Social media, she explained, is changing how people think about health information. People share information about their health worries on social platforms and seem willing to discuss almost anything. Previously people trusted just their doctor, now they trust people on Facebook as a source of expert health insight.

This isn’t however an entirely positive situation. In the political sphere, fake news is causing lurches in public opinion and polluting public debate. In a health setting, fake news can be palpably dangerous.

How health institutions use social media is very much ‘a mixed bag’, she explained. Some use social channels to simply push out information in much the same way as they do leaflets. Others monitor social media for reasons of damage limitation. If they spot a complaint, they can act and deal with the problem away for public gaze.

The good, the bad and the clickable

As a tool to inform the public about health risks and to influence changes in lifestyle, social media is then a potent force for good.

There are, however, examples of how health professionals are using social media in innovative, if unintended ways. Doctors are, the BBC reported, using WhatsApp widely. On one hand the service is an excellent way of moving information about quickly and efficiently. When it comes to patient data, from a compliance and confidentiality perspective, WhatsApp is the stuff of CIO’s nightmares.

Another example of how WhatsApp is being used innovatively and as a means of achieving clinical objectives can be seen in Zimbabwe. There it’s illegal to advertise drugs. To sidestep the rules, pharmacists are using the encrypted system to share news about drug availability and supply.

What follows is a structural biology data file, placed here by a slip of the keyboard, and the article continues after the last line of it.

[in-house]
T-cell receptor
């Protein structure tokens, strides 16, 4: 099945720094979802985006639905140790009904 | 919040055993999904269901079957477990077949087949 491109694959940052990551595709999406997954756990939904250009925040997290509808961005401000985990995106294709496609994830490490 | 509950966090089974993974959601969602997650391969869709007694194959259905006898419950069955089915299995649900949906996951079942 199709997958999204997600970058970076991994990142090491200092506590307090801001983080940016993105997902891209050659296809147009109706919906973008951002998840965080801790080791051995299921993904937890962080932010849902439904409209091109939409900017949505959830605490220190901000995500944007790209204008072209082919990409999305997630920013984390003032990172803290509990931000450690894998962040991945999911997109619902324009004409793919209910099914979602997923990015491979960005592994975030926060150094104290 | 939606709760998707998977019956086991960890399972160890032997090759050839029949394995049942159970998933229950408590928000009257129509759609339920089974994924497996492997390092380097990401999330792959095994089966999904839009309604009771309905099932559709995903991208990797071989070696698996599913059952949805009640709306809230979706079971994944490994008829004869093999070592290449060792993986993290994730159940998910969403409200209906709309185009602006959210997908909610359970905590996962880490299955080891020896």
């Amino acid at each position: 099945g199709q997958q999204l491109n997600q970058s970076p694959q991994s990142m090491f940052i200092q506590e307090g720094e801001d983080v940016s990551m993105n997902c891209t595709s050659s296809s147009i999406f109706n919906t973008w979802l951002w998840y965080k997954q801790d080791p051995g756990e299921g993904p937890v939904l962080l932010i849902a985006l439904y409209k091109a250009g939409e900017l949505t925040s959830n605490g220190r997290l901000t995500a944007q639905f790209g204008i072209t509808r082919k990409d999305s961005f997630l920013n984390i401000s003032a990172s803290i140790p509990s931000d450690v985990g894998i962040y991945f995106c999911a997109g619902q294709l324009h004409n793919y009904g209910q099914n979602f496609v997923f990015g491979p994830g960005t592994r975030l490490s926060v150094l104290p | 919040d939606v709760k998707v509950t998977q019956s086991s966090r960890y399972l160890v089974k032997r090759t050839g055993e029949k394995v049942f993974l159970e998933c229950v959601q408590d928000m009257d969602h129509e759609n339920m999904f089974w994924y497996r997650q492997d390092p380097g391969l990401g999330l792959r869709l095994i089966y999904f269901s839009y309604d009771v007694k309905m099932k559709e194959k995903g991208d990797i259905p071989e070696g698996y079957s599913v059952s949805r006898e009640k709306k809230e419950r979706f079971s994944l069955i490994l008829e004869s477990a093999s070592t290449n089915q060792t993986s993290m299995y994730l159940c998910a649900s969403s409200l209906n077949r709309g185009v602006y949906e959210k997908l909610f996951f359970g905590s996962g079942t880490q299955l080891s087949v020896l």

Elsewhere socially enabled applications are being used to help people spot fake drugs. The systems let clinicians share barcodes and so spot problematic drug batches.

On a grander and global scale, big pharmaceutical companies are also very alert to using social media as a strategic intelligence tool. While people, Pagliari explained, may be unable or unwilling to discuss symptoms with their GPs they’re more than happy to chat on social media. And big-pharma is listening. If, for example, a new drug has known side effects and there’s a spike in mentions of those symptoms online, firms know there could be a problem. They may recall a drug or begin a communication campaign.

Social listening, she explained, isn’t new. Google Flu Trends - though no longer active - used search trends to model flu infection rates. The search giant used similar techniques to analyse the spread of Dengue.

Finally, Pagliari pointed to Kate Granger’s life and work as an example of how social media can provide insights into health and also into death. Granger was a geriatrician who began fundraising after being diagnosed with cancer. She also blogged and tweeted about her journey through care and, ultimately, to death. For academics and clinicians, this body or data is proving an invaluable source of insight and illumination into understanding care pathways.

A final note

Prof. Bill Buchanan OBE, The Cyber Academy, Edinburgh Napier University, looked at digital health and care though another prism - he explored the necessity for cyber security. There are, he said, examples of countries that are doing incredibly well when it comes to building and using shared record systems and citizen portals. These include Finland and Estonia.

As other countries aim to emulate their success, they need to be careful. If we get security wrong, Buchanan said, we’re in trouble. We’ll kill patient trust and risk huge fines under the GDPR.

There is an answer though, he said: ‘Believe the hype: blockchain is the solution.’ It can provide a means of ensuring patient data is kept secure, anonymised and banishing the need for passwords.